A spate of recent articles examine the potential overlap between the goals of the Religious Right and those of the Tea Party movement and all three of these pieces add another layer of nuance to the question about whether the tax protest group that advocates “a return to the Constitution” plans to some how merge with religious conservatives who advocate a return to “the Christian roots” of our country. Writing in The New York Times, journalist Kate Zernike points out that the Tea Party movement has purposely avoided hot-button social issues, sticking instead to its anti-tax and anti-big government message. Zernike quotes surveys in which Tea Party leaders consistently choose the budget and the economy as the most important issues facing our country. None select social issues and this is no accidental oversight. Tea Party-ers seem to want to avoid the distraction of the James Dobson crowd and Zernike provides this particularly telling quote: “Every social issue you bring in, you’re adding planks to your mission,” said Frank Anderson, a founder of the Independence Caucus, based in Utah. “And planks become splinters.”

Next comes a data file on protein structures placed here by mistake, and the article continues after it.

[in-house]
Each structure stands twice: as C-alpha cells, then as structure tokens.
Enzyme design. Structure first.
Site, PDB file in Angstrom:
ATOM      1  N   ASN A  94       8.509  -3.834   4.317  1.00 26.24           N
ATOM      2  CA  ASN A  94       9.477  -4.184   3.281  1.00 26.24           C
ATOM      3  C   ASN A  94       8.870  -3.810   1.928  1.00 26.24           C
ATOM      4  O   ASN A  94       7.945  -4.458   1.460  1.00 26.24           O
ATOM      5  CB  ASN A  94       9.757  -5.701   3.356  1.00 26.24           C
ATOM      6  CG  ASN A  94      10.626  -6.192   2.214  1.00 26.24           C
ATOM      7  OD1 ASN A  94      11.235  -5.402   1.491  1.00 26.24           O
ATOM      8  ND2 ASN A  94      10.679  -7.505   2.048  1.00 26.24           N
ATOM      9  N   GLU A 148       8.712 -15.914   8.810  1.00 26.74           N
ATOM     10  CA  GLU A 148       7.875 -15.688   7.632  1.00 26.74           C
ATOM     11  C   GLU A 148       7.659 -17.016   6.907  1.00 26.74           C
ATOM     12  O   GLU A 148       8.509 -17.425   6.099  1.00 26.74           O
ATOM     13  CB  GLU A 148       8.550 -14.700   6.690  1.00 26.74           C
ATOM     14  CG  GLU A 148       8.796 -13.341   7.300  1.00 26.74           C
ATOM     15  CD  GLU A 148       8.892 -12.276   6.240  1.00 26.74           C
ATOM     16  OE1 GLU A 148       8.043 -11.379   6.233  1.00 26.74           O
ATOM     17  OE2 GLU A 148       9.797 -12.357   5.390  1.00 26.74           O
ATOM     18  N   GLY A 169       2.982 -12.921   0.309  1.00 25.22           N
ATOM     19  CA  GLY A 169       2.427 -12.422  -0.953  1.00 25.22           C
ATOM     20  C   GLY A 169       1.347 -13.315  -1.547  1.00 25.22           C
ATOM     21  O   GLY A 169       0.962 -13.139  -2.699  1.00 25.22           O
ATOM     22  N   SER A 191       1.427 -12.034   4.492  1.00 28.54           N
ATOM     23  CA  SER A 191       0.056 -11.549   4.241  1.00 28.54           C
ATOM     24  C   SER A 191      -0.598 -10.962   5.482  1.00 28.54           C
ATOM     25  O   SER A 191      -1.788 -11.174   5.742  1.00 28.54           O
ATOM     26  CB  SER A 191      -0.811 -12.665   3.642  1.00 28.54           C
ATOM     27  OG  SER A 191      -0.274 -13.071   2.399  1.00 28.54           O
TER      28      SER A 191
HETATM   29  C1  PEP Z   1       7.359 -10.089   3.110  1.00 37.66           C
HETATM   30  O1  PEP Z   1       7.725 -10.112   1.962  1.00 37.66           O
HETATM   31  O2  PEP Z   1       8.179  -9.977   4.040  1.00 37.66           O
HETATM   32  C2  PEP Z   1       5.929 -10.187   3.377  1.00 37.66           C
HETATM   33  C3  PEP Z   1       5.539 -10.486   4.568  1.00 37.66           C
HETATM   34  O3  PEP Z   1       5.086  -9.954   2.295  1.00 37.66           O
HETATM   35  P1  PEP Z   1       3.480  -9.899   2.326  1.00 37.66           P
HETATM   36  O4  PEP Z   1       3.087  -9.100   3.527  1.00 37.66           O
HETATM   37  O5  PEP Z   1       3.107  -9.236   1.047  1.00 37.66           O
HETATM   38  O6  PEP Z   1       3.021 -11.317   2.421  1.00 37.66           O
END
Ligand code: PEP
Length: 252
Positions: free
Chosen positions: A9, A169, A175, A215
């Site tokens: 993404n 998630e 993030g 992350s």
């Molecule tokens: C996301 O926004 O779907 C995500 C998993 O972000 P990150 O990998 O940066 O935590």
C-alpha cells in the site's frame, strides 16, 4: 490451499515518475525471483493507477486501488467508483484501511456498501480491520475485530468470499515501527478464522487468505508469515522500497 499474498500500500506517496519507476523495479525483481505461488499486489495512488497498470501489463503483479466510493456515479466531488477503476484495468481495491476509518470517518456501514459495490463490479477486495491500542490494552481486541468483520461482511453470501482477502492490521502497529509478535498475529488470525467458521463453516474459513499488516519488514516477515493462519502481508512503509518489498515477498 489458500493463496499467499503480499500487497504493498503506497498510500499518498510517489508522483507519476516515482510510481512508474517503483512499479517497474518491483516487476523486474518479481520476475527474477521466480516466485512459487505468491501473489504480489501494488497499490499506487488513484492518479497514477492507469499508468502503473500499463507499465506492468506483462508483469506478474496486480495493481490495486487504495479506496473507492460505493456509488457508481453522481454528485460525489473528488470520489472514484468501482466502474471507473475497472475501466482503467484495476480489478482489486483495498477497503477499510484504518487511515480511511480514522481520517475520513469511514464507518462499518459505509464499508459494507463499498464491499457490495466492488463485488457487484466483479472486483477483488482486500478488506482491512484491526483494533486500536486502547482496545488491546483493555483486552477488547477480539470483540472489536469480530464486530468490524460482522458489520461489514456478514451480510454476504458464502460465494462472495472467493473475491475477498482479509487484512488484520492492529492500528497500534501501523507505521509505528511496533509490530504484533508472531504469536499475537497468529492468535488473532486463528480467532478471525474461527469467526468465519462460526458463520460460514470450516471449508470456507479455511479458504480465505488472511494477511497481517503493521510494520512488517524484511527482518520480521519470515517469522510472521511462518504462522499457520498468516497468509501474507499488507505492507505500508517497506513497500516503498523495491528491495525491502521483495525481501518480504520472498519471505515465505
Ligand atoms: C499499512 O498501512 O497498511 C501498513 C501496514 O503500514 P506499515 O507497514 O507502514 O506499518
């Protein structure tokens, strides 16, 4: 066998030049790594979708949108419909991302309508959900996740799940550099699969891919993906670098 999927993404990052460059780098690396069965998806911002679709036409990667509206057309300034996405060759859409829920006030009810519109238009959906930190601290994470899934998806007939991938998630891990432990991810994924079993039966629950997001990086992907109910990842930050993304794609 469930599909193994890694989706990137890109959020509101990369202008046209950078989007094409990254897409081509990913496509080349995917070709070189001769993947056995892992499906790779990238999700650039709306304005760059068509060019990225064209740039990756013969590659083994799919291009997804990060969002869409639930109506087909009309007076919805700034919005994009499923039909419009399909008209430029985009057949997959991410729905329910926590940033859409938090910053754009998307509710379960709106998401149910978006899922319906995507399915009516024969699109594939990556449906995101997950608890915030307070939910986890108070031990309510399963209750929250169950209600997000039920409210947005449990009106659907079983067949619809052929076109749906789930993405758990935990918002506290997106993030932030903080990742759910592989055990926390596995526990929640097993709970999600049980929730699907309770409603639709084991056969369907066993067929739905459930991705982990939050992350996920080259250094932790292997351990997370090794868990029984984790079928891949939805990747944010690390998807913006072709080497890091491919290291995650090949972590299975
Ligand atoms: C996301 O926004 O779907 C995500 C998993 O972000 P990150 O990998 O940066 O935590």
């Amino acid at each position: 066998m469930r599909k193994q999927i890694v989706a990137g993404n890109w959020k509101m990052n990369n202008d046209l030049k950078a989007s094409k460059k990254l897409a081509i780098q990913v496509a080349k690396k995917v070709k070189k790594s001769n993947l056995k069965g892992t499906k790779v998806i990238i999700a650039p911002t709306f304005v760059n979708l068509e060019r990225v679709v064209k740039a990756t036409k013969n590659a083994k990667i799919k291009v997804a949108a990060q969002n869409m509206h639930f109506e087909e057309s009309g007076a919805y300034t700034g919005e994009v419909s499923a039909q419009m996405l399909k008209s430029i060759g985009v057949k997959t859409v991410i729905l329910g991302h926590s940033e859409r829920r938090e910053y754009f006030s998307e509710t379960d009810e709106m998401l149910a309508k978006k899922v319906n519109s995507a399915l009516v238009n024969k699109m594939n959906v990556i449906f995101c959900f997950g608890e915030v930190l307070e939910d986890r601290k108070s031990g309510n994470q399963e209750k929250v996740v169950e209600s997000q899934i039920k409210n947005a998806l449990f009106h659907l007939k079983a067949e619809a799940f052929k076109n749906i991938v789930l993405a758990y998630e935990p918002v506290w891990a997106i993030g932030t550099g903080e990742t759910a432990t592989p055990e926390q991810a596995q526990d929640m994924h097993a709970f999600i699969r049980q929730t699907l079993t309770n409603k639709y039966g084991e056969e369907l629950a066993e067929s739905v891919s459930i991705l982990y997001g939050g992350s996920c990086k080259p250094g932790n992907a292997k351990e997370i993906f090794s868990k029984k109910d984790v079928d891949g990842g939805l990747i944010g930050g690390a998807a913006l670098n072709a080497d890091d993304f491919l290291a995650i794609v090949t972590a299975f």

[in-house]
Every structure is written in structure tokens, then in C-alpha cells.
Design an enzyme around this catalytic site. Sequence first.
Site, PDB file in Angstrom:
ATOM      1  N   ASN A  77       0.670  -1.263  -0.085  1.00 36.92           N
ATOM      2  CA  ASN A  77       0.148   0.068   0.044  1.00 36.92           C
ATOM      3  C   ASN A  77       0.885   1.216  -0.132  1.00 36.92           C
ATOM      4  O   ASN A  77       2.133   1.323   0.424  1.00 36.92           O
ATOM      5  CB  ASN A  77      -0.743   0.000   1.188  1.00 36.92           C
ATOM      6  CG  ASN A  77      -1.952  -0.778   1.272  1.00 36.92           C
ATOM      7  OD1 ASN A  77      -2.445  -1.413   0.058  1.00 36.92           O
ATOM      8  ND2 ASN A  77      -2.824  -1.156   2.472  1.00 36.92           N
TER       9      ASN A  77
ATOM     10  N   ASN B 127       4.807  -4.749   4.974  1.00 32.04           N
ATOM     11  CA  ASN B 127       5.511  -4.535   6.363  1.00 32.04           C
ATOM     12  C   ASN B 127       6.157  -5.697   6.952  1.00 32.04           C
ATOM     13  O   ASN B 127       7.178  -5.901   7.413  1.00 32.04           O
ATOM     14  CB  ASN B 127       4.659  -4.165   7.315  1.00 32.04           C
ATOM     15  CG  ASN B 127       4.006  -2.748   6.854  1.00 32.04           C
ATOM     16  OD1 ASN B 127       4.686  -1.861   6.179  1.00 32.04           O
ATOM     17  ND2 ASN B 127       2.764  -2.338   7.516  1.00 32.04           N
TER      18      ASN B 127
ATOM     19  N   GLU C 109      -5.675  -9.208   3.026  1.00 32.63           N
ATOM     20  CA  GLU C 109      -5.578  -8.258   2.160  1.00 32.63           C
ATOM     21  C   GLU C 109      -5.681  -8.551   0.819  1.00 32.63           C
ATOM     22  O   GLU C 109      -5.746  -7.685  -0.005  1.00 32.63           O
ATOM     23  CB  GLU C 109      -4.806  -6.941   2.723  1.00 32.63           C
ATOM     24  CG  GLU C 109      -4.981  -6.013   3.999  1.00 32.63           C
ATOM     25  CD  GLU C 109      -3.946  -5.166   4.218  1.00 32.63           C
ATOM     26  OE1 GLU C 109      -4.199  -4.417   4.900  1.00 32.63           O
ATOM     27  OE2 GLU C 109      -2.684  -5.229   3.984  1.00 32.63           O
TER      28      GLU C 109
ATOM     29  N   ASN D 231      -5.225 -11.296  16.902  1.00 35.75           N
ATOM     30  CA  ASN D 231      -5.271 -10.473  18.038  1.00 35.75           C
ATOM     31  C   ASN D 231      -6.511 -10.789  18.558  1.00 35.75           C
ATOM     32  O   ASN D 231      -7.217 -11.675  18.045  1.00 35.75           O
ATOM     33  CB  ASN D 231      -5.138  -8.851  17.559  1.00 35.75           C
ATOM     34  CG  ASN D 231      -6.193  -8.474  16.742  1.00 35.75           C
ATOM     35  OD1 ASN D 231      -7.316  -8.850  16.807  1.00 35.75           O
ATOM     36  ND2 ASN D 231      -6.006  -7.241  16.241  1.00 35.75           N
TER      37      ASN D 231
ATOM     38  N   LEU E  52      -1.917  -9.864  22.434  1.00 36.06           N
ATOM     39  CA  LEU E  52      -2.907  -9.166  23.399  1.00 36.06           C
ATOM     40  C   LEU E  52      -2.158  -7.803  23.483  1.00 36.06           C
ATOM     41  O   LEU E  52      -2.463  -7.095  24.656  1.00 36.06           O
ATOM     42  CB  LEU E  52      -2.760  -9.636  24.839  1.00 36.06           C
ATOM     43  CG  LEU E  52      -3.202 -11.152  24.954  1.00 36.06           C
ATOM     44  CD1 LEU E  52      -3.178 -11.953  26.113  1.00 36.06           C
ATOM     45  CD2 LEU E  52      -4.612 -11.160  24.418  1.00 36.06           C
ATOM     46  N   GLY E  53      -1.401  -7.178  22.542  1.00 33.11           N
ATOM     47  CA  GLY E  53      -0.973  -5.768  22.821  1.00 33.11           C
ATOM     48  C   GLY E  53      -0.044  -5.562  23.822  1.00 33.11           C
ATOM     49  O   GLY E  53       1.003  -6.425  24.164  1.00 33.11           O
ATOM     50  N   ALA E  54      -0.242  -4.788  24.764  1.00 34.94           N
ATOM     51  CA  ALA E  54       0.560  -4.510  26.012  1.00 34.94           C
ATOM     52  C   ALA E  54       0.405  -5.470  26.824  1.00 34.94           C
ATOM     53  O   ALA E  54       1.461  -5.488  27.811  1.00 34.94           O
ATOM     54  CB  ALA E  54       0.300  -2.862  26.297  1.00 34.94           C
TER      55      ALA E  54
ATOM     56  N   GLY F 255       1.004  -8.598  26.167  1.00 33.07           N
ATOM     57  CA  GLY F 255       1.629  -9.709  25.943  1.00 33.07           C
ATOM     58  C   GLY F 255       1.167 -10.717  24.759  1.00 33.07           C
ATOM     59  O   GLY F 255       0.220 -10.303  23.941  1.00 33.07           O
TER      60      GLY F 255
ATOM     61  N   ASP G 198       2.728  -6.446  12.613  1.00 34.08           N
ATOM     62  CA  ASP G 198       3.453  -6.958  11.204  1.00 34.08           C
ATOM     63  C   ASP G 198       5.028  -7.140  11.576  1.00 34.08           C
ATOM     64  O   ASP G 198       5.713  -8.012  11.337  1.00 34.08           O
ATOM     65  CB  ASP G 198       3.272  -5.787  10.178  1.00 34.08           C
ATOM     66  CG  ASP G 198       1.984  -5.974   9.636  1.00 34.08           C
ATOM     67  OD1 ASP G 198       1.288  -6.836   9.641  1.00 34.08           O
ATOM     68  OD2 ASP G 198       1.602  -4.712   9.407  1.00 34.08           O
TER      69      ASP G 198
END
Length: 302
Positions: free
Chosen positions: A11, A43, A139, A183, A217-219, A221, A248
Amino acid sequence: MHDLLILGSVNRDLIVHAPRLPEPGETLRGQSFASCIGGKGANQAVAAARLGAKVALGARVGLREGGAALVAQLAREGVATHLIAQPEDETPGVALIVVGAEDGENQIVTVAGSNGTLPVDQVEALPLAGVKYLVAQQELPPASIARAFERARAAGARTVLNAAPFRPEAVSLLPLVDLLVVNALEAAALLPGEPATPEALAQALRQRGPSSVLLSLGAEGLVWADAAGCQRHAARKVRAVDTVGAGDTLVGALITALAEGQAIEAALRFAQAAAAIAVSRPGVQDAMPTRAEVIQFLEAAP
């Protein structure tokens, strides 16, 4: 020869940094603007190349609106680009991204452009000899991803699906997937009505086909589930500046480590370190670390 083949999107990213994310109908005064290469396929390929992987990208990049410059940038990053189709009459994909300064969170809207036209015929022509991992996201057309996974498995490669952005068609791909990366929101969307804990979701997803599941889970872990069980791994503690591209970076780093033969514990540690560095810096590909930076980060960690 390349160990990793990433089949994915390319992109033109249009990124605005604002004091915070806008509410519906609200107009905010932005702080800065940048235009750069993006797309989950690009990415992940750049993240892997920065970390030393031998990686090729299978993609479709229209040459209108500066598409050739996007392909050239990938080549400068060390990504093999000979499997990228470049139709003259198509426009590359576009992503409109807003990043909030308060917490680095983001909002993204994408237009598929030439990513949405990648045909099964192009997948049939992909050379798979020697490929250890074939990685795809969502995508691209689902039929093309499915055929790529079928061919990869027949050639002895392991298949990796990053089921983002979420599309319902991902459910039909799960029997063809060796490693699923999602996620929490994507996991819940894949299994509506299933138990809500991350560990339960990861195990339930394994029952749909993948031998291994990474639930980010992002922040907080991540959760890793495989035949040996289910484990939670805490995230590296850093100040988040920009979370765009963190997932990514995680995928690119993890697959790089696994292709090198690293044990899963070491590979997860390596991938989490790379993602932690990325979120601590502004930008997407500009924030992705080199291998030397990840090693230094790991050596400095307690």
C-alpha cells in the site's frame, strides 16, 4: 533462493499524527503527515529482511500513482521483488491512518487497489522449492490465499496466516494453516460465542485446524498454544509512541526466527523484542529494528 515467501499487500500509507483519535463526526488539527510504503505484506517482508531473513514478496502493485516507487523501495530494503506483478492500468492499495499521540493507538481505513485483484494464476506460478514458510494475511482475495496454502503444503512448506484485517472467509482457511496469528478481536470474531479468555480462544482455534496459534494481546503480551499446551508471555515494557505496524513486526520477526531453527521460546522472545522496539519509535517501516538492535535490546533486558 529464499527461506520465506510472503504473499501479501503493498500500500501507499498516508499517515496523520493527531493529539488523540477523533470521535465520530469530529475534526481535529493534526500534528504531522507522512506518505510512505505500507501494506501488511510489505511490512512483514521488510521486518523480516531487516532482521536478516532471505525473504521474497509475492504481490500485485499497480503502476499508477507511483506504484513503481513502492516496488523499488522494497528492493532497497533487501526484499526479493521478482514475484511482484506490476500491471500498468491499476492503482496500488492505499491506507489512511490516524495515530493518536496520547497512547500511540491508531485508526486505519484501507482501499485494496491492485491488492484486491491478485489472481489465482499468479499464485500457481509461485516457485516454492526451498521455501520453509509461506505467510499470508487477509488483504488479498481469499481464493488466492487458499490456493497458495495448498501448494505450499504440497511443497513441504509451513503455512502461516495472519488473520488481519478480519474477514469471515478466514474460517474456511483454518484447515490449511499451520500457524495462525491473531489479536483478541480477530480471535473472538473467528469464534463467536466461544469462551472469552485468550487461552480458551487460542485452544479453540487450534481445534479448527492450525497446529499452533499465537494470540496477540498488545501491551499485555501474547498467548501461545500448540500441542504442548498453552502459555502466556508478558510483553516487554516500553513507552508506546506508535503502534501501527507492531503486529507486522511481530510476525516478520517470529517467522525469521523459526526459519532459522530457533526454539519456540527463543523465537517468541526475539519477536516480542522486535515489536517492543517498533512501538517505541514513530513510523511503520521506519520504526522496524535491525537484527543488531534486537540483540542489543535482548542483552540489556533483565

Although the Tea Party might not want them and their splinters, the Religious Right appears eager to join. Los Angeles Times reporter Kathleen Hennessey interviewed many conservative religious figures for her recent article and many of them argue in favor of joining the Tea Party ranks. Hennessey has her own telling exchange:
“Ken Blackwell, a research fellow at the Family Research Council who has also been active in the tea party movement in Ohio, is among those who see tea partyers as the “younger siblings” in the movement.
Social conservatives are happy to embrace the economic message and those carrying it under the tea party banner “as long as they don’t start advocating against traditional marriage or for abortion,” Blackwell said, putting the tea parties in their place.
“The sibling is not now the parent,” he said.”
And our good friend Sarah Posner over at Religion Dispatches has a great post on a new non-profit started by the former Christian Coalition head, Ralph Reed. Reed, as head of the newly formed Faith and Freedom Coalition, is actively trying to bridge the gap between conservative social issues and conservative economics. Read her analysis here and check out Sarah’s recent interview with Welton on this very topic.
So what do you think? Who has the upper hand here and what does the future hold for these two groups – Tea Party and Religious Right? Tell us.